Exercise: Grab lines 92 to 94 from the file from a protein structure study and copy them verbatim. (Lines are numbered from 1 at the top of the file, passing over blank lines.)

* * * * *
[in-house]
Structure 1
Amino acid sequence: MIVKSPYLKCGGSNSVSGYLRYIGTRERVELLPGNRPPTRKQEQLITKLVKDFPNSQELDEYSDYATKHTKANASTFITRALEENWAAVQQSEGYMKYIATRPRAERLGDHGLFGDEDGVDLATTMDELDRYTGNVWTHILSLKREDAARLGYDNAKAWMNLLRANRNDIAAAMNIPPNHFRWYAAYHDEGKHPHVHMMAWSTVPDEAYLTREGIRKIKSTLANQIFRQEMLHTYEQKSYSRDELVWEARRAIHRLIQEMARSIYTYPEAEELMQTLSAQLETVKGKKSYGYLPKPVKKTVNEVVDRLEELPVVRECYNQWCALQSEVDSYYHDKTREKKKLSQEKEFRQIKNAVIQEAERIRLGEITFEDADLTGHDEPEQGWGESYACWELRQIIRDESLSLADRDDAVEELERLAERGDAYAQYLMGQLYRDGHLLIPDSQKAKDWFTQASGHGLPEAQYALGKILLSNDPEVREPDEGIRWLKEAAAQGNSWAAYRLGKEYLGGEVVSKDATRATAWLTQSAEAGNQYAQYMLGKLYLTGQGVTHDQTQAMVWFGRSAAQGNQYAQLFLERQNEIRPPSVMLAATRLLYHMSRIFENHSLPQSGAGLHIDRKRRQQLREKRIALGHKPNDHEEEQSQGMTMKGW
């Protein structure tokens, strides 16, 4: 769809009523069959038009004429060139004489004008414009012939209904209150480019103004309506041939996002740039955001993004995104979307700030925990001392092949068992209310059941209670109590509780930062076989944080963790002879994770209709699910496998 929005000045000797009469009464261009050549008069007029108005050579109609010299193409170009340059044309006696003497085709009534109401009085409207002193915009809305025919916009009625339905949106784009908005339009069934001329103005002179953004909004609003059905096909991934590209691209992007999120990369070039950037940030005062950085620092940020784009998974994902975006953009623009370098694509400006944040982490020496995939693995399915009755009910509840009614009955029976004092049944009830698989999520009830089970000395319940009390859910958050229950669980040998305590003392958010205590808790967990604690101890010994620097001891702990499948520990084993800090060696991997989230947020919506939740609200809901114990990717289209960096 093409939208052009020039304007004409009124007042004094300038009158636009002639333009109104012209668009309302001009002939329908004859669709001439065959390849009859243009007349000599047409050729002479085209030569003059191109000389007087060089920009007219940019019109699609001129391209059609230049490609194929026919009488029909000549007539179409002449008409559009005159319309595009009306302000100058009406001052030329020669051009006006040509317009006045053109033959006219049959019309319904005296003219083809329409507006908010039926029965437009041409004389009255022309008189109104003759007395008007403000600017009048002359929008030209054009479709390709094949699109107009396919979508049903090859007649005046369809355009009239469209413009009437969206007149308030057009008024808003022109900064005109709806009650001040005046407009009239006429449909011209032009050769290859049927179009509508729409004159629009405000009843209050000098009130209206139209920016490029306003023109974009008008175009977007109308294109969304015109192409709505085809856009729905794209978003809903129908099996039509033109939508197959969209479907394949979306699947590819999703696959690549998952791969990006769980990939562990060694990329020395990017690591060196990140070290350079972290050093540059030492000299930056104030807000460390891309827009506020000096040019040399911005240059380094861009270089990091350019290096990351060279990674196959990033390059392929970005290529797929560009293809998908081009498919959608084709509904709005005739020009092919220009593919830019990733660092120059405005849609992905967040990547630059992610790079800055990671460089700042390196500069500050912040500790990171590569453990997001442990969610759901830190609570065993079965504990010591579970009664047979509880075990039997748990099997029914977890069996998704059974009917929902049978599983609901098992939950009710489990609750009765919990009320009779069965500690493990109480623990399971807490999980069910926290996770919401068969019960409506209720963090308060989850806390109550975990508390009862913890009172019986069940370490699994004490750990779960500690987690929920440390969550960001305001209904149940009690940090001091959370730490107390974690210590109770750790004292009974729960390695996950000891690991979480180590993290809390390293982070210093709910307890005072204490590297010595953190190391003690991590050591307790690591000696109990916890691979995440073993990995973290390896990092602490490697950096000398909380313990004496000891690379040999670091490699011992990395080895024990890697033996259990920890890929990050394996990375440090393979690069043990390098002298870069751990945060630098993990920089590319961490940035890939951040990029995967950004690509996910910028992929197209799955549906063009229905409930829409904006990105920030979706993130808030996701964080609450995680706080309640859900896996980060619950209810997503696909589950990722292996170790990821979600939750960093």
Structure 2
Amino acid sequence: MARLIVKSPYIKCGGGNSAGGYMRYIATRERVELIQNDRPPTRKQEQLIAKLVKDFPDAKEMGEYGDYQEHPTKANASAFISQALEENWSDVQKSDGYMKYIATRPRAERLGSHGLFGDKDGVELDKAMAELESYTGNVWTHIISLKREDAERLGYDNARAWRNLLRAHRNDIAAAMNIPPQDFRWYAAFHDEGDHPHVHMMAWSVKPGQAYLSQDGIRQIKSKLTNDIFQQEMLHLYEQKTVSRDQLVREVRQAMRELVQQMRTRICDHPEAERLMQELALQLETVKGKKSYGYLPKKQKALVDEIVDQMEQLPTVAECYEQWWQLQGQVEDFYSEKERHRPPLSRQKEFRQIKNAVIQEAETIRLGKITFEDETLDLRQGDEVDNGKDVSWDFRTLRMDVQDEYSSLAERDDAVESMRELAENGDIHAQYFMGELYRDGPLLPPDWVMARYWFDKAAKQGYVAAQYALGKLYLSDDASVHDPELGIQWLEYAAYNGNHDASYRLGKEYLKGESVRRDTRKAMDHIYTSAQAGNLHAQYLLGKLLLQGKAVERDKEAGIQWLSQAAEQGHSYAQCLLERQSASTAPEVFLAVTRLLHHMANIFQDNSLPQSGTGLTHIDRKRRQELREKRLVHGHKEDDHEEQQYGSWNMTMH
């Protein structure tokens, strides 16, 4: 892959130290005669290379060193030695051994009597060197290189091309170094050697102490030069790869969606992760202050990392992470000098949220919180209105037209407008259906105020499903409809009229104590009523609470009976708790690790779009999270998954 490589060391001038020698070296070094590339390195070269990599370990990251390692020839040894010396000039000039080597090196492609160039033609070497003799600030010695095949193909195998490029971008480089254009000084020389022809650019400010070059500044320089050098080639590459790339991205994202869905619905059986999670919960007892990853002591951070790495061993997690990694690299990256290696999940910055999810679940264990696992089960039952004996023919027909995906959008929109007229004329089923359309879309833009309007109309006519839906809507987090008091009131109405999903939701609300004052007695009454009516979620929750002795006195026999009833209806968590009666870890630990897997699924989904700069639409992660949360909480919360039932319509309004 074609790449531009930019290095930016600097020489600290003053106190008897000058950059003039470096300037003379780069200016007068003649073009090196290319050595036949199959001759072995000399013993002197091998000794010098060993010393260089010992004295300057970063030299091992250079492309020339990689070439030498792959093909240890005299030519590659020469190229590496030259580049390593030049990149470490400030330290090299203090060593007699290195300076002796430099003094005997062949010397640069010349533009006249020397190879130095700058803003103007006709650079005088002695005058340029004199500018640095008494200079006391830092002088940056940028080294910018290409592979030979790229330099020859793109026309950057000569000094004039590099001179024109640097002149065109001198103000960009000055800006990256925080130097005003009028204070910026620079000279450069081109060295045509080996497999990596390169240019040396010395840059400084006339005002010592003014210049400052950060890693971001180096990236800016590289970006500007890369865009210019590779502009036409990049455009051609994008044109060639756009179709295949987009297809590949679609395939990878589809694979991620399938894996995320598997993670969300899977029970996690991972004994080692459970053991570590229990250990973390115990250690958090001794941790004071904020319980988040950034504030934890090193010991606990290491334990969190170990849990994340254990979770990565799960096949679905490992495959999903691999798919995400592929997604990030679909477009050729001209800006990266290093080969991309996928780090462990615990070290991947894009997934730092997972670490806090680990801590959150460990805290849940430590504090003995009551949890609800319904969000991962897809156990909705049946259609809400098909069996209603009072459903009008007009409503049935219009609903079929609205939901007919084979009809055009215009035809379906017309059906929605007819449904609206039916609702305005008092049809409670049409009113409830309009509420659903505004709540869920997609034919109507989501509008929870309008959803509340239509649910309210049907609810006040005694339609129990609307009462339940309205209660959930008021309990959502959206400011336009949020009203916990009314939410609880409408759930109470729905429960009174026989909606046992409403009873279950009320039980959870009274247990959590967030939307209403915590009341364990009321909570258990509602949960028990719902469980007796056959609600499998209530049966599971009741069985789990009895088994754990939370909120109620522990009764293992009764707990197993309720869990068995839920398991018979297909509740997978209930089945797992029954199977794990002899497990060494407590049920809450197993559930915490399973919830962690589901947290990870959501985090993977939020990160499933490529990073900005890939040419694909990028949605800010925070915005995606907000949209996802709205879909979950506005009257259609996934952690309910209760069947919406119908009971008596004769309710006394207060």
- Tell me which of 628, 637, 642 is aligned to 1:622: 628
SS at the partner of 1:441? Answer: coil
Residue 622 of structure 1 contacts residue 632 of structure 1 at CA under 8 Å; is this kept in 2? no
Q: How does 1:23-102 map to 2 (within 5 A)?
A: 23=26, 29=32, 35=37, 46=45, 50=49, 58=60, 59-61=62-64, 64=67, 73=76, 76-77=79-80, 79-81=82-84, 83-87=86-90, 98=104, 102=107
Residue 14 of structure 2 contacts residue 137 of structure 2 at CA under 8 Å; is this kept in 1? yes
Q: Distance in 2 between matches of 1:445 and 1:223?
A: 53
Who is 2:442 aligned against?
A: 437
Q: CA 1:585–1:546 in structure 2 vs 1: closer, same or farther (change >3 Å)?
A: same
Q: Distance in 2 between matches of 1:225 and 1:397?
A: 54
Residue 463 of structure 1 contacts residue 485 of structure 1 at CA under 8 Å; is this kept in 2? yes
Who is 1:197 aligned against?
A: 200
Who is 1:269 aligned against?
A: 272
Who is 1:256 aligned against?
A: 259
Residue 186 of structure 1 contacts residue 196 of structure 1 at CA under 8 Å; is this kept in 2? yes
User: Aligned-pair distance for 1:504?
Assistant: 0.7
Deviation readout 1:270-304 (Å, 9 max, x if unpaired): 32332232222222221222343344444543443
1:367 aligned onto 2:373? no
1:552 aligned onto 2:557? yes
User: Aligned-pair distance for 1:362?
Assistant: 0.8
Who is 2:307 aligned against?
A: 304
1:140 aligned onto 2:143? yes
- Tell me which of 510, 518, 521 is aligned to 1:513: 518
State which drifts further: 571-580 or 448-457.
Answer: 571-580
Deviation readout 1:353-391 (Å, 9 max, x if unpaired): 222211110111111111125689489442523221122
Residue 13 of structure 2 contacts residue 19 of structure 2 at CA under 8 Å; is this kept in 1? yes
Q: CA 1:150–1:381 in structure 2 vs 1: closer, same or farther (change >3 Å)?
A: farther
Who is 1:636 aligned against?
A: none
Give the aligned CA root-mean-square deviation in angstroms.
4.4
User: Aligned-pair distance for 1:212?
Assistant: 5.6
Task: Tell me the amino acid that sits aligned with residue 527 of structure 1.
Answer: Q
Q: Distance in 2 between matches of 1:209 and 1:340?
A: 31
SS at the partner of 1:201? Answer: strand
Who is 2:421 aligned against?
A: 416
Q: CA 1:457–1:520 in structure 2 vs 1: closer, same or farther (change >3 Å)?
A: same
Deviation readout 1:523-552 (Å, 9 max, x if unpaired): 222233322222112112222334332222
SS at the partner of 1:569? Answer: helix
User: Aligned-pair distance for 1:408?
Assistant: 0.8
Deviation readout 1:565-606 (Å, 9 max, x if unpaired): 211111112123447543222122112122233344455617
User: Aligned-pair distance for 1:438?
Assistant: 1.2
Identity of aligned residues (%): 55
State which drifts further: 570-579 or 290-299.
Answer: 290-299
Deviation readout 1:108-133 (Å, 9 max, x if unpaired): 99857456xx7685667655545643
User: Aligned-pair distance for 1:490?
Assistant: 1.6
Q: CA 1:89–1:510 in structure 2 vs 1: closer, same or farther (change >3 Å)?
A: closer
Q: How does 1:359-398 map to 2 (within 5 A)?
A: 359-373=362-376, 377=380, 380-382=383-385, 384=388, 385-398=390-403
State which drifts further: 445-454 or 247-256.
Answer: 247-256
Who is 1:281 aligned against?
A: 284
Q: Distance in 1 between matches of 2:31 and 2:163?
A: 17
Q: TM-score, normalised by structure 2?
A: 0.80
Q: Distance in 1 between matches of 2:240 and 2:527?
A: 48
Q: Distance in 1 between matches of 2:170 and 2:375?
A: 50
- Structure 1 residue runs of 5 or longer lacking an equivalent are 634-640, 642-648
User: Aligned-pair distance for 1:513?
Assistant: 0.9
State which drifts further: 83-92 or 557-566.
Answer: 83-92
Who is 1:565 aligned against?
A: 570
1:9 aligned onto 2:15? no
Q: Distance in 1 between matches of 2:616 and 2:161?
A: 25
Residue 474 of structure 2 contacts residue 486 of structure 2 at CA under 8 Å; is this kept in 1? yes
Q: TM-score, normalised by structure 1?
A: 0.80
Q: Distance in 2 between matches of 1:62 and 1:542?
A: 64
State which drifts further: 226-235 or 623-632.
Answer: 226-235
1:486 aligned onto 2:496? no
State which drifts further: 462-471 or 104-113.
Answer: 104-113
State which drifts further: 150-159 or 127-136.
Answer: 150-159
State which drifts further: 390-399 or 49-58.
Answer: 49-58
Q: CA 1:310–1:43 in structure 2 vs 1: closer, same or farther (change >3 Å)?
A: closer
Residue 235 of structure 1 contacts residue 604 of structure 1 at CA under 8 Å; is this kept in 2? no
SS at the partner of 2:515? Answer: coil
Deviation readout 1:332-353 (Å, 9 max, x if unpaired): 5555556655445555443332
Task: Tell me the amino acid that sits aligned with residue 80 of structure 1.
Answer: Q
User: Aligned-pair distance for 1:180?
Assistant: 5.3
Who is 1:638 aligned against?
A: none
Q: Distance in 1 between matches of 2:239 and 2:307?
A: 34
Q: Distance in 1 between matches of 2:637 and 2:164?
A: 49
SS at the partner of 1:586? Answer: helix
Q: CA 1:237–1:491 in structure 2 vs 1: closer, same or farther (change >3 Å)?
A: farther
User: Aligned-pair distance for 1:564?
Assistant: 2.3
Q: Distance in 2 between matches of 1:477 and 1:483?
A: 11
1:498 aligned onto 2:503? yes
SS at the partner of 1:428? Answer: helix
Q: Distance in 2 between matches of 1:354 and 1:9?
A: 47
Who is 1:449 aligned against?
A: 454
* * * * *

User: Aligned-pair distance for 1:513?
Assistant: 0.9
State which drifts further: 83-92 or 557-566.